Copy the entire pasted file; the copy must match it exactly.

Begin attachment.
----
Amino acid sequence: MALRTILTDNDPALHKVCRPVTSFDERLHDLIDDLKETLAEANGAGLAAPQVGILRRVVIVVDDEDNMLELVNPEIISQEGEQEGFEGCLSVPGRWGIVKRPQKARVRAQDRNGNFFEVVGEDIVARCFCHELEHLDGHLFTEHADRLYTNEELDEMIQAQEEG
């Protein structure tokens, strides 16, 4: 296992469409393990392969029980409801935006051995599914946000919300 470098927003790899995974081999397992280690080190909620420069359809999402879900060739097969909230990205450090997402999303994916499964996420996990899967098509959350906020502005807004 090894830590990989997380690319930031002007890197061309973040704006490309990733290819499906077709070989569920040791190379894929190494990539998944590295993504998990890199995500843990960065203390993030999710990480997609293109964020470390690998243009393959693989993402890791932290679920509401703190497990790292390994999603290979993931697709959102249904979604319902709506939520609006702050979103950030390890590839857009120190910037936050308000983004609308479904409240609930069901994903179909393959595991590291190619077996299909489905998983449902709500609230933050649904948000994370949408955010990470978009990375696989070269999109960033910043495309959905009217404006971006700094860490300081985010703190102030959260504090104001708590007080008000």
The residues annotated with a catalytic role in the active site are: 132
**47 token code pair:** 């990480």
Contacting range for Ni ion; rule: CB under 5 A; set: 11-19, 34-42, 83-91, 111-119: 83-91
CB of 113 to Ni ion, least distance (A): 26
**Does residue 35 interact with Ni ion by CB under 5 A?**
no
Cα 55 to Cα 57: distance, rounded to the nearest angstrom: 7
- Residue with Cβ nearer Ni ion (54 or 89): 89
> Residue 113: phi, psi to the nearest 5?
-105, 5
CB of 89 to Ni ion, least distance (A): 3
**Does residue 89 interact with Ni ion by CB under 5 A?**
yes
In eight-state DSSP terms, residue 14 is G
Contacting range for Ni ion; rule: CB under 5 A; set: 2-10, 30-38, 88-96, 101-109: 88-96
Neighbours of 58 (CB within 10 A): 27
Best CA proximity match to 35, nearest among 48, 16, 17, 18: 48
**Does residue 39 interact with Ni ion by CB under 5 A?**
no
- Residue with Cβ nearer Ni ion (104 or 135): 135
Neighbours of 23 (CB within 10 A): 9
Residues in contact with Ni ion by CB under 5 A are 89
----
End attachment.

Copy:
Amino acid sequence: MALRTILTDNDPALHKVCRPVTSFDERLHDLIDDLKETLAEANGAGLAAPQVGILRRVVIVVDDEDNMLELVNPEIISQEGEQEGFEGCLSVPGRWGIVKRPQKARVRAQDRNGNFFEVVGEDIVARCFCHELEHLDGHLFTEHADRLYTNEELDEMIQAQEEG
């Protein structure tokens, strides 16, 4: 296992469409393990392969029980409801935006051995599914946000919300 470098927003790899995974081999397992280690080190909620420069359809999402879900060739097969909230990205450090997402999303994916499964996420996990899967098509959350906020502005807004 090894830590990989997380690319930031002007890197061309973040704006490309990733290819499906077709070989569920040791190379894929190494990539998944590295993504998990890199995500843990960065203390993030999710990480997609293109964020470390690998243009393959693989993402890791932290679920509401703190497990790292390994999603290979993931697709959102249904979604319902709506939520609006702050979103950030390890590839857009120190910037936050308000983004609308479904409240609930069901994903179909393959595991590291190619077996299909489905998983449902709500609230933050649904948000994370949408955010990470978009990375696989070269999109960033910043495309959905009217404006971006700094860490300081985010703190102030959260504090104001708590007080008000």
The residues annotated with a catalytic role in the active site are: 132
**47 token code pair:** 């990480």
Contacting range for Ni ion; rule: CB under 5 A; set: 11-19, 34-42, 83-91, 111-119: 83-91
CB of 113 to Ni ion, least distance (A): 26
**Does residue 35 interact with Ni ion by CB under 5 A?**
no
Cα 55 to Cα 57: distance, rounded to the nearest angstrom: 7
- Residue with Cβ nearer Ni ion (54 or 89): 89
> Residue 113: phi, psi to the nearest 5?
-105, 5
CB of 89 to Ni ion, least distance (A): 3
**Does residue 89 interact with Ni ion by CB under 5 A?**
yes
In eight-state DSSP terms, residue 14 is G
Contacting range for Ni ion; rule: CB under 5 A; set: 2-10, 30-38, 88-96, 101-109: 88-96
Neighbours of 58 (CB within 10 A): 27
Best CA proximity match to 35, nearest among 48, 16, 17, 18: 48
**Does residue 39 interact with Ni ion by CB under 5 A?**
no
- Residue with Cβ nearer Ni ion (104 or 135): 135
Neighbours of 23 (CB within 10 A): 9
Residues in contact with Ni ion by CB under 5 A are 89